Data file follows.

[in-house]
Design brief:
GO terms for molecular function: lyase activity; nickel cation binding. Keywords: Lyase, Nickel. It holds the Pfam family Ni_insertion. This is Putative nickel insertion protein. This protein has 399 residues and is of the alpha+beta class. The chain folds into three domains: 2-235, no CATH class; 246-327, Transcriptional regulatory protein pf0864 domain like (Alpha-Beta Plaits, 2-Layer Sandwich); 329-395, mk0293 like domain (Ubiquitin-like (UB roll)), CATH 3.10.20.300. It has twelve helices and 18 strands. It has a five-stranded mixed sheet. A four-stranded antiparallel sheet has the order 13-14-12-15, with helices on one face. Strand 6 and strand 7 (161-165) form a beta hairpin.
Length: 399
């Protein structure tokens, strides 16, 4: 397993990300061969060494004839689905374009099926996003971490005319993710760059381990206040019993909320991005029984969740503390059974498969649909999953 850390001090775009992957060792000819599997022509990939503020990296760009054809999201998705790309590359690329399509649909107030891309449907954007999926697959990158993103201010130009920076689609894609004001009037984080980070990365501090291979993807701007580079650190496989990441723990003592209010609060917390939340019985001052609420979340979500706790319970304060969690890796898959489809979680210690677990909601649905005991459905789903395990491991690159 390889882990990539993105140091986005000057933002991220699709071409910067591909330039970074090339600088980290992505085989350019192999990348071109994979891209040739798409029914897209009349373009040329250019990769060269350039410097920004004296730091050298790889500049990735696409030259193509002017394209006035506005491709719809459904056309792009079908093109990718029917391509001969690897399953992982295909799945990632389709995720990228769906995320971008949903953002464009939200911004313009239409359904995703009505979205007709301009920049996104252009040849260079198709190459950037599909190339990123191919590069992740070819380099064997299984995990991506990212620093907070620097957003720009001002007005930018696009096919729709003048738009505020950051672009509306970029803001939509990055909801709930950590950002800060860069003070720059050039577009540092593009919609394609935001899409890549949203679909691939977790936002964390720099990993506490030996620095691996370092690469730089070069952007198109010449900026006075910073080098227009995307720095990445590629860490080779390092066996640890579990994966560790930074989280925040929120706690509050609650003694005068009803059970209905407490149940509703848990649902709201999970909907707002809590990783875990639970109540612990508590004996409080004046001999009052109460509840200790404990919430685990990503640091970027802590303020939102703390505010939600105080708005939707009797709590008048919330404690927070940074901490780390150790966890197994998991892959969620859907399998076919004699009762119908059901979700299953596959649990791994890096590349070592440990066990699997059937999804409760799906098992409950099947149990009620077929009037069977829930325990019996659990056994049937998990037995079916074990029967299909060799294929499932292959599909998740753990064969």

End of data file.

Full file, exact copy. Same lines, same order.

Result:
[in-house]
Design brief:
GO terms for molecular function: lyase activity; nickel cation binding. Keywords: Lyase, Nickel. It holds the Pfam family Ni_insertion. This is Putative nickel insertion protein. This protein has 399 residues and is of the alpha+beta class. The chain folds into three domains: 2-235, no CATH class; 246-327, Transcriptional regulatory protein pf0864 domain like (Alpha-Beta Plaits, 2-Layer Sandwich); 329-395, mk0293 like domain (Ubiquitin-like (UB roll)), CATH 3.10.20.300. It has twelve helices and 18 strands. It has a five-stranded mixed sheet. A four-stranded antiparallel sheet has the order 13-14-12-15, with helices on one face. Strand 6 and strand 7 (161-165) form a beta hairpin.
Length: 399
């Protein structure tokens, strides 16, 4: 397993990300061969060494004839689905374009099926996003971490005319993710760059381990206040019993909320991005029984969740503390059974498969649909999953 850390001090775009992957060792000819599997022509990939503020990296760009054809999201998705790309590359690329399509649909107030891309449907954007999926697959990158993103201010130009920076689609894609004001009037984080980070990365501090291979993807701007580079650190496989990441723990003592209010609060917390939340019985001052609420979340979500706790319970304060969690890796898959489809979680210690677990909601649905005991459905789903395990491991690159 390889882990990539993105140091986005000057933002991220699709071409910067591909330039970074090339600088980290992505085989350019192999990348071109994979891209040739798409029914897209009349373009040329250019990769060269350039410097920004004296730091050298790889500049990735696409030259193509002017394209006035506005491709719809459904056309792009079908093109990718029917391509001969690897399953992982295909799945990632389709995720990228769906995320971008949903953002464009939200911004313009239409359904995703009505979205007709301009920049996104252009040849260079198709190459950037599909190339990123191919590069992740070819380099064997299984995990991506990212620093907070620097957003720009001002007005930018696009096919729709003048738009505020950051672009509306970029803001939509990055909801709930950590950002800060860069003070720059050039577009540092593009919609394609935001899409890549949203679909691939977790936002964390720099990993506490030996620095691996370092690469730089070069952007198109010449900026006075910073080098227009995307720095990445590629860490080779390092066996640890579990994966560790930074989280925040929120706690509050609650003694005068009803059970209905407490149940509703848990649902709201999970909907707002809590990783875990639970109540612990508590004996409080004046001999009052109460509840200790404990919430685990990503640091970027802590303020939102703390505010939600105080708005939707009797709590008048919330404690927070940074901490780390150790966890197994998991892959969620859907399998076919004699009762119908059901979700299953596959649990791994890096590349070592440990066990699997059937999804409760799906098992409950099947149990009620077929009037069977829930325990019996659990056994049937998990037995079916074990029967299909060799294929499932292959599909998740753990064969």